By Gabriela Sanchez
Published in the Daily Journal of Commerce, July 2009
If you do business with health care providers, insurance companies, long term care facilities, and you receive protected health care information you may be a "business associate" under the Health Care Information Portability Accountability Act or HIPAA. As a business associate, you now have to comply directly with the privacy and security rules under HIPAA to protect a patient's health care information.
Protected health care information or PHI is information, including demographic data, that relates to a patient's past, present, or future physical or mental health or condition, including payment for health care that identifies the patient or has information from which one can identify a particular patient.
In February 2009, President Obama signed The American Recovery and Reinvestment Act ("ARRA") into law. Most of ARRA's provision will become effective on February 17, 2010, including the requirement that business associates have to comply directly with HIPAA. However, some of those provisions, like new penalty provisions, are effective now as discussed below.
Prior to ARRA, business associates were not subject to HIPAA. Rather, only covered entities were required to comply directly with HIPAA. Business associates only had to enter into a contract with a covered entity to protect a patient's privacy. Now, in addition to entering into a business associate agreement with a health care provider, a business associate must comply directly with HIPAA‘s privacy and security rules. In order to do that, business associates must take reasonable and appropriate measures to protect a patient's PHI.
To comply with HIPAA a business associate should consider appointing a privacy officer who will be responsible for implementing and complying with the company's privacy policies and procedures; establish new privacy and security policies to protect PHI from inadvertent or improper disclosures; review existing privacy policies; add or strengthen current physical and technical safeguards of PHI; review or implement record retention policies for HIPAA compliance; and train employees about HIPAA compliance.
One additional requirement under ARRA that will impact business associates is the new breach notification provision. If a business associate inadvertently discloses "unsecured" information about a patient whether such breach was harmful or not, the business associate must report such breaches to the covered entity so that it can properly notify the harmed party within a specified period of time. Unsecured information means information not protected by technology or methods designated by the federal government that make that information unreadable, undecipherable, or unusable.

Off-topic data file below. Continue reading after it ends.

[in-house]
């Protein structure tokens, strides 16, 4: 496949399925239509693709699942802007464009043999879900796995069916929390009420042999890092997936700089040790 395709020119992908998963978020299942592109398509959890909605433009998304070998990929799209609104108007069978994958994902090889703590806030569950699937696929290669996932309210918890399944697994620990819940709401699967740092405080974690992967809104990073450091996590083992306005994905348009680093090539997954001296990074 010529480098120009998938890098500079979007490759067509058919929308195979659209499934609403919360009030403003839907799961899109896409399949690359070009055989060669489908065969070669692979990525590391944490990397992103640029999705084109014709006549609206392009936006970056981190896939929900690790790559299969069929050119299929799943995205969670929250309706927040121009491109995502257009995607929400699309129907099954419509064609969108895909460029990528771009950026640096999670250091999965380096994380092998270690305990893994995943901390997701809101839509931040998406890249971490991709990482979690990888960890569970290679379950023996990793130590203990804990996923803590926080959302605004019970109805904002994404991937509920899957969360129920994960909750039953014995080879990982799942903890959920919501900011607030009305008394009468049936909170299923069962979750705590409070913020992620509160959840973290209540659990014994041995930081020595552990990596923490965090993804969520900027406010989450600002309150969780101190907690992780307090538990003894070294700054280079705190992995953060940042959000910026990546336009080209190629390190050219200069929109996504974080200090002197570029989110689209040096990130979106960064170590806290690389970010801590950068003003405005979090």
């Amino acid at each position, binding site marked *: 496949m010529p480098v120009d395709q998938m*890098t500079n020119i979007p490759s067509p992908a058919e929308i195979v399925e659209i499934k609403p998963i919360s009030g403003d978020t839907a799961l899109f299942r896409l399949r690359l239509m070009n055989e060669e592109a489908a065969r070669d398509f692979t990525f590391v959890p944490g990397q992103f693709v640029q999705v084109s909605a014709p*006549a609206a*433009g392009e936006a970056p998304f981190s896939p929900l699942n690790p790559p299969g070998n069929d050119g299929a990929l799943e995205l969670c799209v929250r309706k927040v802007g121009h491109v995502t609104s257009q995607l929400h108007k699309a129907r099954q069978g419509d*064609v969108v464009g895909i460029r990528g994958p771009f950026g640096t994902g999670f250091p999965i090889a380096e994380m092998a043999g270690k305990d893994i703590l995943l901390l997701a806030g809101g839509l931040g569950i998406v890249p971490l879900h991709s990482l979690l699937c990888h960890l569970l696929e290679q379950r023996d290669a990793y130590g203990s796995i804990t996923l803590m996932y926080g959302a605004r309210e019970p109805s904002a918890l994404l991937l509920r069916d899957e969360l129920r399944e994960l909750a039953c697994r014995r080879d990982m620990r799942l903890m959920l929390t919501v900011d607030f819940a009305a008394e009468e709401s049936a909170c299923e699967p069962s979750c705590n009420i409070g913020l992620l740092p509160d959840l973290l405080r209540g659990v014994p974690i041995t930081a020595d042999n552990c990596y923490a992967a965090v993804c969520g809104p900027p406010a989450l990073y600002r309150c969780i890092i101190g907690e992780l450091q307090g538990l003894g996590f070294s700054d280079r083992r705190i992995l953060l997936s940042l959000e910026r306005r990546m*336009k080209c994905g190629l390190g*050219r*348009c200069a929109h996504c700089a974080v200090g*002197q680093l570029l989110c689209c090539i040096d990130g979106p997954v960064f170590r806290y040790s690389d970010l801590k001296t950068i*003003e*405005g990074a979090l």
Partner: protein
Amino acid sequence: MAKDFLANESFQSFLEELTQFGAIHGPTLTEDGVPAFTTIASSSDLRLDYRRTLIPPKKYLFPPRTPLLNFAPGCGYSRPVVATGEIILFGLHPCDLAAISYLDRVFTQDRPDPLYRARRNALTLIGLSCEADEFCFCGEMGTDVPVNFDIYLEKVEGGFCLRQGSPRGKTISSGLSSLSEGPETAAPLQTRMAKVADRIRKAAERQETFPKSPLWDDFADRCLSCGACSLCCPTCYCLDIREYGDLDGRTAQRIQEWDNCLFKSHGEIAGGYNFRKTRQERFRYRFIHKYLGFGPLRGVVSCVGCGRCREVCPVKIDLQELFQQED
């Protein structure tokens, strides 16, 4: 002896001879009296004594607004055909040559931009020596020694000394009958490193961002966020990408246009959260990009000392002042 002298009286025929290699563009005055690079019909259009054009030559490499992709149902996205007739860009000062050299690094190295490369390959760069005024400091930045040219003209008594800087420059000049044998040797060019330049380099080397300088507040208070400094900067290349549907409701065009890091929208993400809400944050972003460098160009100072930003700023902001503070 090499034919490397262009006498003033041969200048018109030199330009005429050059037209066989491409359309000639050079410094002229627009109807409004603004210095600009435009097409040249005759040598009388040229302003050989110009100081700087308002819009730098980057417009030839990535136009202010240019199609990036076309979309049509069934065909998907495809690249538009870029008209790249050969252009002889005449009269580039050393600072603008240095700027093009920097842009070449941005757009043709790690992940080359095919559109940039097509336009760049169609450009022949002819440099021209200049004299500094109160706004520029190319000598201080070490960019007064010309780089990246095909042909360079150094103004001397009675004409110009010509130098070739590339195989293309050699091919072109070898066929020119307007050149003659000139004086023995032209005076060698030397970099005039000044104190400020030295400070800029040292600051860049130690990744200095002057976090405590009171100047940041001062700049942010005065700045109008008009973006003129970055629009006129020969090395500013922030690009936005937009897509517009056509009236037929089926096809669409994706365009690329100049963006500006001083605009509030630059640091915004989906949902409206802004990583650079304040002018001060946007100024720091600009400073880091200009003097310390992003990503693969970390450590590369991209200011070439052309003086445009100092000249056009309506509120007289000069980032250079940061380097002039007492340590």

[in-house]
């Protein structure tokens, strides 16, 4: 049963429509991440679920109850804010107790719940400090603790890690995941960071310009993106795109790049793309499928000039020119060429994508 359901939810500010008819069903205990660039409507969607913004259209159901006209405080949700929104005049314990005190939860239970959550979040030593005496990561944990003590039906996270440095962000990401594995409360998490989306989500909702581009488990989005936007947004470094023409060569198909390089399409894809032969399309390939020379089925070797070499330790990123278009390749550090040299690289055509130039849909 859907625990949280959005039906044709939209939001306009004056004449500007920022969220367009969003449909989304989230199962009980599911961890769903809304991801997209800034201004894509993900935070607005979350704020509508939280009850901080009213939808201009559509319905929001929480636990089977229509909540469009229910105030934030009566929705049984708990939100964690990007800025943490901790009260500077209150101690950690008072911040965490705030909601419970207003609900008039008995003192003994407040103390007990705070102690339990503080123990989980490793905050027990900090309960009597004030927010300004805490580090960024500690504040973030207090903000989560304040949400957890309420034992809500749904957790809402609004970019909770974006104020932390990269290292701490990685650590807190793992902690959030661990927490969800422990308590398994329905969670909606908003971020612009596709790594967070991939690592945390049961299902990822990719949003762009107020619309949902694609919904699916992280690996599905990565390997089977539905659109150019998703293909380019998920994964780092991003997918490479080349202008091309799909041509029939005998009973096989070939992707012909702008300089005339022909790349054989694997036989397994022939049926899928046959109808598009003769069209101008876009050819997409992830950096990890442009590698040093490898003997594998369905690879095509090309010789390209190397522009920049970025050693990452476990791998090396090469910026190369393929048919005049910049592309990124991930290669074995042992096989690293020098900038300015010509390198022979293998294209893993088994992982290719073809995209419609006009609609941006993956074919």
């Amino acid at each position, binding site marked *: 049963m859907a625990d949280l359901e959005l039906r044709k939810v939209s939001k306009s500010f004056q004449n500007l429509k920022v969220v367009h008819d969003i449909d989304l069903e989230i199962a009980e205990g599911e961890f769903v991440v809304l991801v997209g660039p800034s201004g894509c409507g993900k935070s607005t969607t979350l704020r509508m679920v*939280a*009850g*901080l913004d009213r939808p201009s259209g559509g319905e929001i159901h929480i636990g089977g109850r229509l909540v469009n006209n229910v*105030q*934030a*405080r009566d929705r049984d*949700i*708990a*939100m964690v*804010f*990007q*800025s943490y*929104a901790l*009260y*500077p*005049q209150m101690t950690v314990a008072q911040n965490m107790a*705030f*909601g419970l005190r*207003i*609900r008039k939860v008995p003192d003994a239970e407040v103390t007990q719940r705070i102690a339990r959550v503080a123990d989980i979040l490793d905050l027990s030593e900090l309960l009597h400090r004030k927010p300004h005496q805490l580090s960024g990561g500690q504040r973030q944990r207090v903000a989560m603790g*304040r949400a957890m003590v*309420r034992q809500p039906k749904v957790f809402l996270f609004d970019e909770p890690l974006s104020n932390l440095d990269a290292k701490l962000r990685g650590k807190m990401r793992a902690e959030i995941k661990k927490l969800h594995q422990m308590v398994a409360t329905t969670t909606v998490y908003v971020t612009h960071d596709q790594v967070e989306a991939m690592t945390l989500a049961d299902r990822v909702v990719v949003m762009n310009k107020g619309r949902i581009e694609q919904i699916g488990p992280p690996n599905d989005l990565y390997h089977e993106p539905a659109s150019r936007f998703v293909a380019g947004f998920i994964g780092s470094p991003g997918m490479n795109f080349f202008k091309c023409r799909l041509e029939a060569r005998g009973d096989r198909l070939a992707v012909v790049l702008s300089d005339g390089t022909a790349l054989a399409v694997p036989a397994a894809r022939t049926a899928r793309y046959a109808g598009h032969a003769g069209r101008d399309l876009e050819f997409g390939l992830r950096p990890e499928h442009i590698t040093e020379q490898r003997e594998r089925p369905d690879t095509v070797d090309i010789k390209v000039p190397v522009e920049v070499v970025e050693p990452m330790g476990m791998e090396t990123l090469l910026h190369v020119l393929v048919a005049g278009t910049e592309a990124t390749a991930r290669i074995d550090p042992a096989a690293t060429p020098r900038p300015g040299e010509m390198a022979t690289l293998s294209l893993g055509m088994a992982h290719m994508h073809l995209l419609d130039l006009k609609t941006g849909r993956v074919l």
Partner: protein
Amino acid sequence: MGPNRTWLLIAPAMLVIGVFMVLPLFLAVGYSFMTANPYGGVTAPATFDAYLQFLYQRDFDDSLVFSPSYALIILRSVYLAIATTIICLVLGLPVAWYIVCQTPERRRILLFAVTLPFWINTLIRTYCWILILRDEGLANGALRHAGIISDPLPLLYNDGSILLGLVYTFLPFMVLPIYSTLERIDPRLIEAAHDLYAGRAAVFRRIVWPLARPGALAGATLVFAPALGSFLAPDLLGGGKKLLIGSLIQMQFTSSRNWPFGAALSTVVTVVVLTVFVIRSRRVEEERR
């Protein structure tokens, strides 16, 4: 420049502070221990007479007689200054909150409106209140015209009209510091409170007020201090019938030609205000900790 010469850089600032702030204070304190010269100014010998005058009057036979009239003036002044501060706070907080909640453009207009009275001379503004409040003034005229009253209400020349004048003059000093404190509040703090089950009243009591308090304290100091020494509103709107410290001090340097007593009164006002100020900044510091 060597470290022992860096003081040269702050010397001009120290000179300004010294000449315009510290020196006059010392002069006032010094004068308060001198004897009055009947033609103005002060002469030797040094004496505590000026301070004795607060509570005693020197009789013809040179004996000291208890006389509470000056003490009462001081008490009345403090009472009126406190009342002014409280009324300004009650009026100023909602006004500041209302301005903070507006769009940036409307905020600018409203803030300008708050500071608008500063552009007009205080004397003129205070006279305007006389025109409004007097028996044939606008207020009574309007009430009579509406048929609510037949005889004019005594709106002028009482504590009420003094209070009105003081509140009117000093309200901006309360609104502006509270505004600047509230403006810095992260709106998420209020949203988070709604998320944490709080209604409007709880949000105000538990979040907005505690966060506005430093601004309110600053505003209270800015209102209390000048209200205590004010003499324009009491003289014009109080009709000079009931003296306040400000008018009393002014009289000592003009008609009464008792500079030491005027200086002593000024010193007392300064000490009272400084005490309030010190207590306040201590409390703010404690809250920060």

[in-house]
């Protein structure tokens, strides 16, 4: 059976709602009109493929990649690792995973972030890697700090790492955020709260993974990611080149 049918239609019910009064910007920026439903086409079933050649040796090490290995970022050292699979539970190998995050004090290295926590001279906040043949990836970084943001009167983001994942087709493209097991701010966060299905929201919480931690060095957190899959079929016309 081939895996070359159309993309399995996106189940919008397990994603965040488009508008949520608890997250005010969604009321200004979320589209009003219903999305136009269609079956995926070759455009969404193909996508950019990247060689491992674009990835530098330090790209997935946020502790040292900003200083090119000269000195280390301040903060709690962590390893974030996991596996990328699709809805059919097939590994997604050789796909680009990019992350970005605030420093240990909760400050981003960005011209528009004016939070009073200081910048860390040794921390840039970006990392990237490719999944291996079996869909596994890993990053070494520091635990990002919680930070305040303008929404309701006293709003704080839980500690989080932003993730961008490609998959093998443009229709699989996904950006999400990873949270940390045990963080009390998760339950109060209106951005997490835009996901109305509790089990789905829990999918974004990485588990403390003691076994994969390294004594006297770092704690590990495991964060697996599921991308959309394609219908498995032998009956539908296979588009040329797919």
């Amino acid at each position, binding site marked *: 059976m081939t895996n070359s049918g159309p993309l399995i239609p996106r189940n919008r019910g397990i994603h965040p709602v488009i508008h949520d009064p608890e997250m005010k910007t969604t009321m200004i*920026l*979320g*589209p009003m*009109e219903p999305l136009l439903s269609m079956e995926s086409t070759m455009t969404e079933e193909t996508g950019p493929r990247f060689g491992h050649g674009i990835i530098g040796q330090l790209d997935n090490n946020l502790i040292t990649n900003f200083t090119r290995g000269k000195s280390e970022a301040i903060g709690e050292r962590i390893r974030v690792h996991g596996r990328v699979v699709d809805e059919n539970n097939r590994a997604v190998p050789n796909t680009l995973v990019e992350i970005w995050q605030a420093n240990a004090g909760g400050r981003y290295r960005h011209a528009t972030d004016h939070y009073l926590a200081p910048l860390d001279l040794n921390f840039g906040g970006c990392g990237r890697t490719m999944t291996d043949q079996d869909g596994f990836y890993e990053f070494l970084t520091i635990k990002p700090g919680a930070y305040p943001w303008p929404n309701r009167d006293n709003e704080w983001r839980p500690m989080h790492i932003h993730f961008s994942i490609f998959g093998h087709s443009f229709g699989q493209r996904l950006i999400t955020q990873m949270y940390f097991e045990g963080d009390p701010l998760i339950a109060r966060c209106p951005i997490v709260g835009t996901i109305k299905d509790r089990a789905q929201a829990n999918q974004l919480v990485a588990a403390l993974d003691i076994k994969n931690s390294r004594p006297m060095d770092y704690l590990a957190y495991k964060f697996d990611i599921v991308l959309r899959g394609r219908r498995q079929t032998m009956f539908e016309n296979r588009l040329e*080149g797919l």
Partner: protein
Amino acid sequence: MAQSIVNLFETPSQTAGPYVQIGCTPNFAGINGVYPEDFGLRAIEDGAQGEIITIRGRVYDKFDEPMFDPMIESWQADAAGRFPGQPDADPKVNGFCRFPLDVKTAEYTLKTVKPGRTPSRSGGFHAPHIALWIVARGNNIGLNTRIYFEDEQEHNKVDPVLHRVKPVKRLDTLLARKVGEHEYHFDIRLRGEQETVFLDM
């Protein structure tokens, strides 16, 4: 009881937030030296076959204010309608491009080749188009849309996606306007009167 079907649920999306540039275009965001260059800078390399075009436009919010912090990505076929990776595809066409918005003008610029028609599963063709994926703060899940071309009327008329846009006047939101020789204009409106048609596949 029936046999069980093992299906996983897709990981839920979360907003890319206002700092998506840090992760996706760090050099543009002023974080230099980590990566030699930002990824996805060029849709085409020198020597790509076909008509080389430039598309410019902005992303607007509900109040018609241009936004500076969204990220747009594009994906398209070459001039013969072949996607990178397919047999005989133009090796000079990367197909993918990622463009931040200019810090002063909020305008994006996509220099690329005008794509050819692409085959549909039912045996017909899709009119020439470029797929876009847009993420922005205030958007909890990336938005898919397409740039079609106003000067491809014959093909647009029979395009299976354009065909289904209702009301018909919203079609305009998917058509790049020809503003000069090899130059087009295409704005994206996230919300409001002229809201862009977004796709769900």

What happens if you fail to comply with HIPAA? Prior to ARRA, a business associate only faced contractual liability for failing to comply with a business associate agreement. Now under ARRA, a covered entity or a business associate who fails to comply with HIPAA is subject to a series of tiered penalties ranging from $25,000 to $1.5 million. That particular penalty provision is now in effect. Thus, if you are not complying with HIPAA and are caught, you could face those penalties now. Another important change under ARRA is that U.S. Department of Human Services is now required to conduct audits of covered entities and business associates to ensure compliance with HIPAA. In addition, ARRA grants state attorneys generals the right to police compliance with HIPAA and to bring actions against non-compliant companies. Furthermore, individuals who violate HIPAA may also be prosecuted directly for violations.
Through ARRA, the federal government is sending a clear message: protection of a patient's health care and other personal information is of key importance. If you think you might be a business associate, consult with your attorney about establishing the proper safeguards to avoid disclosures of protected health care information and to update your business associate agreement to include the new provisions required under HIPAA.
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